Re: Anthropic predictions for neutrino masses

From: Hal Finney <>
Date: Thu, 1 May 2003 09:02:01 -0700

Saibal Mitra forwards:
> Anthropic predictions for neutrino masses
> Authors: Max Tegmark (Penn), Alexander Vilenkin (Tufts)
> Comments: 4 pages. Color figs and links at this http URL
> It is argued that small values of the neutrino masses may be due to
> anthropic selection effects. If this is the case, then the combined mass
> of the three neutrino species is expected to be ~1eV, neutrinos causing
> a non-negligible suppression of galaxy formation.

Tegmark's has a brief page on this at,
where he adds, "The taboo of the ``A-word'' seem to be weakening in
the physics community, as you'll see if you click
to search for anthropic on My last search gave as many as
77 hits, mostly recent work, providing a good entry point into the

The idea of the paper is that if neutrinos are too massive, they will
carry away energy during galaxy formation and keep it from happening.
Then universes with too-heavy neutrinos won't have many galaxies, hence
less chance for life.

Looking at it in the context of what he called the "level 2" multiverse in
his SciAm paper (multiple bubbles separated during the inflationary era),
he says that string theory offers the possibility that neutrino masses
derive from a field F_a, which will take on different values in different
level 2 universes. This would suggest that the different universe-bubbles
would have relatively random neutrino masses. Universes with too-high
neutrino masses would form few galaxies, so we don't live in one of those.

Applying the galaxy-formation limit implies that the sum of the masses
of the 3 types of neutrinos must be less than approximately 3 eV. Then
he assumes that the masses are otherwise more or less randomly distributed
within the range from 0 to 3 eV, and (taking some other factors into
account) he comes up with a 90% confidence prediction that the sum of
the masses are > 0.07 eV.

Current observations of solar neutrinos have been interpreted to
imply that the sum of the masses are > 0.04 eV. So the new prediction
is consistent with observations and is somewhat stronger.

It seems to me that Tegmark is applying anthropic reasoning in a rather
bold way which actually weakens his conclusion. If I am understanding his
charts, a neutrino mass sum of as high as 3 eV would exert considerable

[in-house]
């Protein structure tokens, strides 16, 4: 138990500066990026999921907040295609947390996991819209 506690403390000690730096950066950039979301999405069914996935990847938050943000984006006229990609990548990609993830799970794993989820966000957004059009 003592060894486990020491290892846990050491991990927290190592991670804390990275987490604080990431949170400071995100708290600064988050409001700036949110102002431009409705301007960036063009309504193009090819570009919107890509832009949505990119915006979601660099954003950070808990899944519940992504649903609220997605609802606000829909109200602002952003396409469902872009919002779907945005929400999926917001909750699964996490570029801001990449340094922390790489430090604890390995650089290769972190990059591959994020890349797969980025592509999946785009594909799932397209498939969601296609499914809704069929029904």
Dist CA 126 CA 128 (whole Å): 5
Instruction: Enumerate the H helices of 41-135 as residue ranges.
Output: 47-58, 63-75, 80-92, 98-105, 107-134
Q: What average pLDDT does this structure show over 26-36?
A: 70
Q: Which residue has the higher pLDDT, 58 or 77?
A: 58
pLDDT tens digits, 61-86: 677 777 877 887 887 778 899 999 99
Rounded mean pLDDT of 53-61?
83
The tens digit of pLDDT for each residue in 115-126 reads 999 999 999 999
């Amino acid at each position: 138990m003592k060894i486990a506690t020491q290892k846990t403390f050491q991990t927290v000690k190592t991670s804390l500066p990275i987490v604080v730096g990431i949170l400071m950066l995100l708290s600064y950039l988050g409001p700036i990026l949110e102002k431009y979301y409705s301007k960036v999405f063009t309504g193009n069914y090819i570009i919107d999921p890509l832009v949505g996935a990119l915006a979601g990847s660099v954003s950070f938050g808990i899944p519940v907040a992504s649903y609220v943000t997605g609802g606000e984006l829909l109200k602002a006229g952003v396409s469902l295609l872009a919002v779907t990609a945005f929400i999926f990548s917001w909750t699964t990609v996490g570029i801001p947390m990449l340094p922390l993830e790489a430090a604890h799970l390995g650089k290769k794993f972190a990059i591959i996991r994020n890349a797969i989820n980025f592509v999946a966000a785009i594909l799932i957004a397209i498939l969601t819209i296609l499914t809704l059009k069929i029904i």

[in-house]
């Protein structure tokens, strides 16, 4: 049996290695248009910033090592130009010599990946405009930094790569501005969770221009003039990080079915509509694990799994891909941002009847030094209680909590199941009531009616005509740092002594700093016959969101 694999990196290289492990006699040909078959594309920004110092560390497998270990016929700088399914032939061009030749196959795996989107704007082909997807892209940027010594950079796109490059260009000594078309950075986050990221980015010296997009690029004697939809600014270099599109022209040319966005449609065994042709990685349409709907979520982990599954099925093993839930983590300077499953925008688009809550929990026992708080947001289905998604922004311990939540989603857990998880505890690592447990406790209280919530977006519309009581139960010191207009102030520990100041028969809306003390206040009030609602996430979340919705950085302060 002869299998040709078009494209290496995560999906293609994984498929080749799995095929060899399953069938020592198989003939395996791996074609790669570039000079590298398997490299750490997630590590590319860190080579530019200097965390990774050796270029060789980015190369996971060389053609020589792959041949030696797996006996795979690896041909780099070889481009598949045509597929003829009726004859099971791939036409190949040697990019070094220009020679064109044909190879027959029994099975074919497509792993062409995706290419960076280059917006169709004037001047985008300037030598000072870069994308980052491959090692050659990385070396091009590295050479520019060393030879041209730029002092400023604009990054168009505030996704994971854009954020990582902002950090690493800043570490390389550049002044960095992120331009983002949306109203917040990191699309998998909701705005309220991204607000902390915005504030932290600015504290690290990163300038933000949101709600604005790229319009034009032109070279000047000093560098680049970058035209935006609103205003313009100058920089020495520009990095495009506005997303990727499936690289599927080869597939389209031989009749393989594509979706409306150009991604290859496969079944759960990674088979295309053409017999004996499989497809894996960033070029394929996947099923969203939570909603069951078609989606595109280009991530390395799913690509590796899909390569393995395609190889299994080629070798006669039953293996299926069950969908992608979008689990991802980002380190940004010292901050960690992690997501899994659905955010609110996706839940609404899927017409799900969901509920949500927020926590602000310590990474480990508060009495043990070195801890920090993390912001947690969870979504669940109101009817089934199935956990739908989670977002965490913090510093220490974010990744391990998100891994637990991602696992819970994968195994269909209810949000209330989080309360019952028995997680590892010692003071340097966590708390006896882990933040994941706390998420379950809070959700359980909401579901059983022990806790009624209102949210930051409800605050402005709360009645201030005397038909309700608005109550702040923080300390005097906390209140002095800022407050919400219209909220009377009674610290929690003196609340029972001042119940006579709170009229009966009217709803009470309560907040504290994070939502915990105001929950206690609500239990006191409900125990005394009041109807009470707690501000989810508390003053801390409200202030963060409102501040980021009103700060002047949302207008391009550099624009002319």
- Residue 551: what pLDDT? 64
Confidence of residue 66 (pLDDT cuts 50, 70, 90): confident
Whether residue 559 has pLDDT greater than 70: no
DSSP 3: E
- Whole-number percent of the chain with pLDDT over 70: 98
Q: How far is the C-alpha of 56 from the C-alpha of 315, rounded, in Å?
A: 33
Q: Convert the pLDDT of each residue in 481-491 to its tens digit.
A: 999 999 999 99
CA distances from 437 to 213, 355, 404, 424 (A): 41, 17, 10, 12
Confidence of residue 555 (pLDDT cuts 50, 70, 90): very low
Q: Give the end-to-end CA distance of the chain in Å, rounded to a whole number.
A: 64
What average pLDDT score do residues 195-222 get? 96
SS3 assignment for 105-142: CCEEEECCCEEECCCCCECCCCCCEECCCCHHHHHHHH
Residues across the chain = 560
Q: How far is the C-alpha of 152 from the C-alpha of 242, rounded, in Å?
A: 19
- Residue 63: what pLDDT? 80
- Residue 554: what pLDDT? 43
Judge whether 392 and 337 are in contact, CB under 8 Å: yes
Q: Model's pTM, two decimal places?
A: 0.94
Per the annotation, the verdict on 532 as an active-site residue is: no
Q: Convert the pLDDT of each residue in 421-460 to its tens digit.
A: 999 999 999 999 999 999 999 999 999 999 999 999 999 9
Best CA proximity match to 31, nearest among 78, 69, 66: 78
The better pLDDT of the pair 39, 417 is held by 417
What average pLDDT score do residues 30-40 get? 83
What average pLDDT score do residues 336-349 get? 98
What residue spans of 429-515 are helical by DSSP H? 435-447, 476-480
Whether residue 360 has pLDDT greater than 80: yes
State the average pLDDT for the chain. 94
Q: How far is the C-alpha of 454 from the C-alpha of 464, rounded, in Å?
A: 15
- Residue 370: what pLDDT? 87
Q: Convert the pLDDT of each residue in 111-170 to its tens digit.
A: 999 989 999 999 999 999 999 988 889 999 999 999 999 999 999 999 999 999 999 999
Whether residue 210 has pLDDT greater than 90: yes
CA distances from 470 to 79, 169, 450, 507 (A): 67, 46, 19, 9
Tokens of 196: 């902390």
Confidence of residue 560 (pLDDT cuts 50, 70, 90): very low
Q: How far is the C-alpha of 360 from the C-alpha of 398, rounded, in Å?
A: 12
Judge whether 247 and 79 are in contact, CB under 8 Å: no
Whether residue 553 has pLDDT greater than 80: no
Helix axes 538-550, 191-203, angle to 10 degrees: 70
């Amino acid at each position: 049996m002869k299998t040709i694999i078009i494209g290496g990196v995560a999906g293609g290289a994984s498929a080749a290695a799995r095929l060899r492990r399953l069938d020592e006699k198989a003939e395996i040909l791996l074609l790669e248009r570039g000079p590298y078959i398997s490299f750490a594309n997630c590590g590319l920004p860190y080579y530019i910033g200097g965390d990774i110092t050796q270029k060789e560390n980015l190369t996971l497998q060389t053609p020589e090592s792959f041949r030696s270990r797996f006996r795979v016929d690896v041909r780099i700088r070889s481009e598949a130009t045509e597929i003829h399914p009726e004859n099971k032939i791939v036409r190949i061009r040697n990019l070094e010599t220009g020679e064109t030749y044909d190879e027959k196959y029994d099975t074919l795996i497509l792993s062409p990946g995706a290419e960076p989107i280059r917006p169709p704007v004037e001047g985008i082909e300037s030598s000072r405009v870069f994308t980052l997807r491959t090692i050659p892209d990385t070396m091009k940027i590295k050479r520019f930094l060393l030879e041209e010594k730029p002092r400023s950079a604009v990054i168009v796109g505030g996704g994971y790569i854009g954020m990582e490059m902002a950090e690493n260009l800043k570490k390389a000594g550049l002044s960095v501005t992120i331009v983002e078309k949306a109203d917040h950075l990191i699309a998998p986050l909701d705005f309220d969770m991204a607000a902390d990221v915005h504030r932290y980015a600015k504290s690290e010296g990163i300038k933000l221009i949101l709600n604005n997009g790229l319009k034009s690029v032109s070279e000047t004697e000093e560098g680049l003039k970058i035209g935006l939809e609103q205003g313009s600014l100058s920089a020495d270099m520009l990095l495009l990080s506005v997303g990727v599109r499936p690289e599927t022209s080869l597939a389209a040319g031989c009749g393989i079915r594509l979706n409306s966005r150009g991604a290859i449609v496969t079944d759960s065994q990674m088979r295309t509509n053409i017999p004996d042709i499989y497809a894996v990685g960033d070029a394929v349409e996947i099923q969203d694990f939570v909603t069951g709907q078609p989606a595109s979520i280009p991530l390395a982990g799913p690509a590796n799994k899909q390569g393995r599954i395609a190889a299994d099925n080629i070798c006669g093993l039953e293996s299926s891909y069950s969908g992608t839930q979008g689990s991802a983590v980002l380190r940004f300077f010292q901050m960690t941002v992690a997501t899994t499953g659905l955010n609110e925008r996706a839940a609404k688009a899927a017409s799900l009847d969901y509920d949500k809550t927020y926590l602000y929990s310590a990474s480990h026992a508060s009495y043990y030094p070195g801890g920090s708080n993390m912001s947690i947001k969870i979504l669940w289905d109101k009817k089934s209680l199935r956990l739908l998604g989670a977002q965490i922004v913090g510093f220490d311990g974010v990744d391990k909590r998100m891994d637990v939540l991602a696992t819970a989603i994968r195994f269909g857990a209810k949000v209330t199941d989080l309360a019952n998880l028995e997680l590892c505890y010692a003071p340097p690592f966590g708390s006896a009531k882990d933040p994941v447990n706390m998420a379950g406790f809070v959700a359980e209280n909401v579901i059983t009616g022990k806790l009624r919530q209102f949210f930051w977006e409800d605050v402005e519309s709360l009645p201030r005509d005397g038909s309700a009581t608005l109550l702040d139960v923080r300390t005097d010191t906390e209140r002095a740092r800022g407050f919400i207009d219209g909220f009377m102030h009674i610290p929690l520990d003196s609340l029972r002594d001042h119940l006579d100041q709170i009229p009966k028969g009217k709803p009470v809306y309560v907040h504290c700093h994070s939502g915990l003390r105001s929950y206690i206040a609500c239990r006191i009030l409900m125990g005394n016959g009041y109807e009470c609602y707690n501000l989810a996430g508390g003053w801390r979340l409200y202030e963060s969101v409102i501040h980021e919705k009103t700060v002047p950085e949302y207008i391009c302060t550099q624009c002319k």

suppression on galaxy formation, to the point that only 1/10 as many
galaxies would form as if the masses were less than about 0.1 eV.
He still considers this possible in his predictions, because life would
still have a good chance of forming in such a universe, and there are
particle-physics reasons to believe that higher neutrino masses are
more likely.

So he's applying the AP from the perspective of all possible forms of
life throughout the universe. He's saying, given that we are alive,
what are the possible neutrino masses? And then they could be as high
as 3 eV.

But we know more than this. We can look out and see galaxies. From this
we can derive some estimates on their formation rates. Is it possible
that in our universe only 1/10 as many galaxies have formed as would
have happened at lower neutrino masses? I'm not sure, but I am doubtful
of that. I would think that this would be a well known and recognized
puzzle in cosmology - the "missing galaxies problem" - and I've never
heard of such a thing. (Keep in mind that I am not a physicist.)

Assuming this is true, Tegmark could have applied a more stringent form
of anthropic reasoning, asking not just what parameters are consistent
with the formation of life, but asking which ones are consistent with
our specific observations. If I'm right about the lack of observational
evidence for suppression of galaxies, then he could lower his upper
bound on neutrino masses by perhaps an order of magnitude, and tighten up
his predictions. (However, due to his methodology, lowering the upper
bound would correspondingly reduce his lower bound, perhaps eliminating
the advance over the already-known 0.04 eV.)

Although his approach leads to a weaker prediction, it is more consistent
with the multiverse philosophy, where we anticipate living observers
arising in many different universes. In that context it is natural to
seek limitations which would apply as broadly as possible.

Hal Finney
Received on Thu May 01 2003 - 12:04:53 PDT

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